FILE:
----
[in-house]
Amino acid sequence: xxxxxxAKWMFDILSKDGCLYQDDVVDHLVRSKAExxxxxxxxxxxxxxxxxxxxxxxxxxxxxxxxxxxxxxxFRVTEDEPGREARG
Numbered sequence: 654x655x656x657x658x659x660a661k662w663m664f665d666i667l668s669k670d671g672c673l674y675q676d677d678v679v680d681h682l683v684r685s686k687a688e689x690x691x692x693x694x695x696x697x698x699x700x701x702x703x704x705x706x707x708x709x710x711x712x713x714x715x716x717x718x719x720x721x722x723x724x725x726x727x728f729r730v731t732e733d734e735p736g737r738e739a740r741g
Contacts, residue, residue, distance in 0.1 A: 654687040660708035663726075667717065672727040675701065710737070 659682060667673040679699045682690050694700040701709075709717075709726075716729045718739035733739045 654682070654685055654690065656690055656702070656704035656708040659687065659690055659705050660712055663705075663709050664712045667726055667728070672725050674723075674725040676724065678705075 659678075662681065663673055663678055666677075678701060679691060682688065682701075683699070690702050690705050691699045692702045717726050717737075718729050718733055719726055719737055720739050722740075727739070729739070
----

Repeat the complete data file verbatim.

[in-house]
Amino acid sequence: xxxxxxAKWMFDILSKDGCLYQDDVVDHLVRSKAExxxxxxxxxxxxxxxxxxxxxxxxxxxxxxxxxxxxxxxFRVTEDEPGREARG
Numbered sequence: 654x655x656x657x658x659x660a661k662w663m664f665d666i667l668s669k670d671g672c673l674y675q676d677d678v679v680d681h682l683v684r685s686k687a688e689x690x691x692x693x694x695x696x697x698x699x700x701x702x703x704x705x706x707x708x709x710x711x712x713x714x715x716x717x718x719x720x721x722x723x724x725x726x727x728f729r730v731t732e733d734e735p736g737r738e739a740r741g
Contacts, residue, residue, distance in 0.1 A: 654687040660708035663726075667717065672727040675701065710737070 659682060667673040679699045682690050694700040701709075709717075709726075716729045718739035733739045 654682070654685055654690065656690055656702070656704035656708040659687065659690055659705050660712055663705075663709050664712045667726055667728070672725050674723075674725040676724065678705075 659678075662681065663673055663678055666677075678701060679691060682688065682701075683699070690702050690705050691699045692702045717726050717737075718729050718733055719726055719737055720739050722740075727739070729739070